These objectives are not just aspirational but are actively pursued through various policies, military strategies, and diplomatic maneuvers. They reflect a regime that, despite facing immense challenges, continues to seek both survival and dominance in a torn country not worrying about the cost of it. As the conflict enters its second decade, the interplay between these objectives and the dynamic geopolitical environment continues to shape the trajectory of the Syrian conflict and the regime’s strategies within it.

Security and Military Challenges

As the Syrian conflict progresses, the regime faces numerous security and military challenges that continue to test its resilience and strategic adaptability. These challenges not only stem from the internal conflicts and insurgencies but are also exacerbated by external interventions and the complexities of international geopolitics.

  1. Insurgency and Rebel Factions: One of the most persistent threats to the Syrian regime’s stability comes from various insurgent groups and rebel factions that control significant portions of the country. Despite the regime’s efforts to reclaim territory, groups like Hayat Tahrir al-Sham (HTS) in Idlib and factions affiliated with the Syrian Democratic Forces (SDF) in northeastern Syria maintain strongholds that challenge the regime’s authority. These groups not only engage in direct military confrontations but also undermine the regime’s control by governing these territories through parallel administrative structures.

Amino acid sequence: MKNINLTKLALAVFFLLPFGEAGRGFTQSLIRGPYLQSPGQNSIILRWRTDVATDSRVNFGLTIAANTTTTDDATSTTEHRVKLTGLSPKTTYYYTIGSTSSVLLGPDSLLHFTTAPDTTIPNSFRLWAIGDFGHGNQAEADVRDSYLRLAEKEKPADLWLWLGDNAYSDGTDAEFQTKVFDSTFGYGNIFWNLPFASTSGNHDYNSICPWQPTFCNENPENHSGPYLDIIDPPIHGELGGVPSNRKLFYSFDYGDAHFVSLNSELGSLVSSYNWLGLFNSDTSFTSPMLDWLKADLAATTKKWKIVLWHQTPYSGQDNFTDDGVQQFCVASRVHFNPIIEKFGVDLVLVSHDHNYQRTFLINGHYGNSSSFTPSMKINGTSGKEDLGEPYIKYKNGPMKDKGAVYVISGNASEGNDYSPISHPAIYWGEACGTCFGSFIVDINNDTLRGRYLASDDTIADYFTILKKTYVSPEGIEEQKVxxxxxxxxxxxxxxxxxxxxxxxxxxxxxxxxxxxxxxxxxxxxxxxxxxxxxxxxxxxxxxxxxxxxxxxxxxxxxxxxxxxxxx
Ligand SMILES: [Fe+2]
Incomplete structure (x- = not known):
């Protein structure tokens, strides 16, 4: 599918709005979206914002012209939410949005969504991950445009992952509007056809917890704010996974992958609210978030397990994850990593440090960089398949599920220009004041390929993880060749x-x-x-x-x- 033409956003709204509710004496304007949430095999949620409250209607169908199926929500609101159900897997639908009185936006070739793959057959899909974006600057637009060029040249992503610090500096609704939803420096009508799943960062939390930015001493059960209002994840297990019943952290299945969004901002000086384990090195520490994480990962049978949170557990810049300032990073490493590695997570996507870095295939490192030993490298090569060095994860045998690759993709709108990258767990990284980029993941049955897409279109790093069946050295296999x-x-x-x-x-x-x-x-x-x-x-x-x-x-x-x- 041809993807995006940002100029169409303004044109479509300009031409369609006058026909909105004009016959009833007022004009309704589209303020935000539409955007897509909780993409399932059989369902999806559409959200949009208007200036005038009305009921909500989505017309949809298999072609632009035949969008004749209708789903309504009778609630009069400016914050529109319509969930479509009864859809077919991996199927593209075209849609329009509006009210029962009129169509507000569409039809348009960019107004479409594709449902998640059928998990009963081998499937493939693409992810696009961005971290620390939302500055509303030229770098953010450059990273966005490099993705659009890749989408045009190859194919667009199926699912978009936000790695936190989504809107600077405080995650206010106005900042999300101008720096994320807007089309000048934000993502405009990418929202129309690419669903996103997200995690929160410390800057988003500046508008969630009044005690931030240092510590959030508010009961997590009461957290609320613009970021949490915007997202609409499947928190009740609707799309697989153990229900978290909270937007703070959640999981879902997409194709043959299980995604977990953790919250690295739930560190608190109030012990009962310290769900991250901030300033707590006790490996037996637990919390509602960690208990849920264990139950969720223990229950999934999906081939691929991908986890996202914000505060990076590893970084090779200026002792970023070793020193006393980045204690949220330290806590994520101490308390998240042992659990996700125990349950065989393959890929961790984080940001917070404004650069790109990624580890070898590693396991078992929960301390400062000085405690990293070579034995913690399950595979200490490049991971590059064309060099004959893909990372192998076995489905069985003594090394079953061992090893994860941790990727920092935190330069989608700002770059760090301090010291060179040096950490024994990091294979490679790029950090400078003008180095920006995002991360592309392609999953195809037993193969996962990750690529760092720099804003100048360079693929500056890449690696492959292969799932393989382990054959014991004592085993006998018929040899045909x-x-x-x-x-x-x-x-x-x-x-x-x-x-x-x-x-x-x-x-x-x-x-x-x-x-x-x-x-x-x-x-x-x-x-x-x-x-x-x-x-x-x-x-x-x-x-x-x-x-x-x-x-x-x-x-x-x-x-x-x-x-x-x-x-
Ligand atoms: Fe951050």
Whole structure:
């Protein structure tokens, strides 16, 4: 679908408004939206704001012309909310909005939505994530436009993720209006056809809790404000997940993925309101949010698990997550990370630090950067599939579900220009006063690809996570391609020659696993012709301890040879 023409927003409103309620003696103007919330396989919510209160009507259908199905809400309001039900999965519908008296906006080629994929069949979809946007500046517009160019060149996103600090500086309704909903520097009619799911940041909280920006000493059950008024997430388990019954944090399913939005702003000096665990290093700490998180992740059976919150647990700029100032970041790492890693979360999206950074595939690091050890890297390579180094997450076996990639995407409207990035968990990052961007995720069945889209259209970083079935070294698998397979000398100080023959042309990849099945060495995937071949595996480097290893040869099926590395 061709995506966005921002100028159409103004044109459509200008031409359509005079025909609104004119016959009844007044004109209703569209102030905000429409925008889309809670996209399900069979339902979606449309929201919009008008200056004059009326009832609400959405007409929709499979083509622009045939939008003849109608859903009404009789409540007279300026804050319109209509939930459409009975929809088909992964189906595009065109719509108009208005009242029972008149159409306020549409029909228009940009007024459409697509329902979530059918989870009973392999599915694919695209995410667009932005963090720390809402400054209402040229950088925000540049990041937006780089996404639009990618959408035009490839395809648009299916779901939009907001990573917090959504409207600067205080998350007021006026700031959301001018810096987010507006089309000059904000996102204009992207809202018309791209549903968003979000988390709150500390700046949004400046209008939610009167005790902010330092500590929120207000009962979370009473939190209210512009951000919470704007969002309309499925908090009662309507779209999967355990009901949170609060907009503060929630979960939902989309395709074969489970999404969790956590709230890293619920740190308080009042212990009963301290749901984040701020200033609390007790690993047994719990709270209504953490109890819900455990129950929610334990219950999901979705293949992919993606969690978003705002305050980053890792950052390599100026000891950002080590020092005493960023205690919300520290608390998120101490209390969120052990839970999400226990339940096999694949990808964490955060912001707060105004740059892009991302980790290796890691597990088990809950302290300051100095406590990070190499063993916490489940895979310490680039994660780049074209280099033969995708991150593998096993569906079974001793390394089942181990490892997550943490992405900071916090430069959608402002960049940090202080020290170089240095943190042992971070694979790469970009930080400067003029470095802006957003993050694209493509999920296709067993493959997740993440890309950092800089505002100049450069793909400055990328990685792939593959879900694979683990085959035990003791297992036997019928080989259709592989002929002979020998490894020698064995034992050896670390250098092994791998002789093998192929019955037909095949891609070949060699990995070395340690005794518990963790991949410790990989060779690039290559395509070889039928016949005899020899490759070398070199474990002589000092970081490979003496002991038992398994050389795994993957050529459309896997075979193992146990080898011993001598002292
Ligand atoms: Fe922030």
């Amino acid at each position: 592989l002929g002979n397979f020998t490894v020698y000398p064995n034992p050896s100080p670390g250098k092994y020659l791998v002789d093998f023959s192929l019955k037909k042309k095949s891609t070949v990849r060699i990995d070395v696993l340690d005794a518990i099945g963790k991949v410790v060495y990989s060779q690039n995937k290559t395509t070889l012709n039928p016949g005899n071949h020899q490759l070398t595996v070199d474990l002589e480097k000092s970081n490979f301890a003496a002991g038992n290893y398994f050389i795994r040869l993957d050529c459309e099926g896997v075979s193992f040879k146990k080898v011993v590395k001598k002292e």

2. Foreign Military Interventions: The involvement of foreign powers in Syria poses another substantial security challenge for the regime. The presence of Russian and Iranian forces has undoubtedly bolstered the regime’s military capabilities; however, it also complicates the security landscape. U.S. military support for the SDF, for instance, has enabled the Kurdish-led group to maintain control over parts of northeastern Syria, including critical oil fields, thereby limiting the regime’s access to vital economic resources. Moreover, the sporadic military strikes by Israel targeting Iranian and Hezbollah assets in Syria further destabilize the region and pose a risk of escalating into broader conflicts.

  3. Fragmentation within the Military and Security Forces: The cohesiveness of the Syrian military and security forces is crucial for the regime’s survival. However, the prolonged conflict has led to fragmentation and weakened morale within these forces. This fragmentation is often driven by sectarian divides, defections, and the inconsistent integration of various pro-regime militias. The reliance on foreign militias, such as those supported by Iran, and the irregular forces like the Local and National Defense Forces (LDF/NDF), have created a patchwork security apparatus that struggles with issues of loyalty and effectiveness.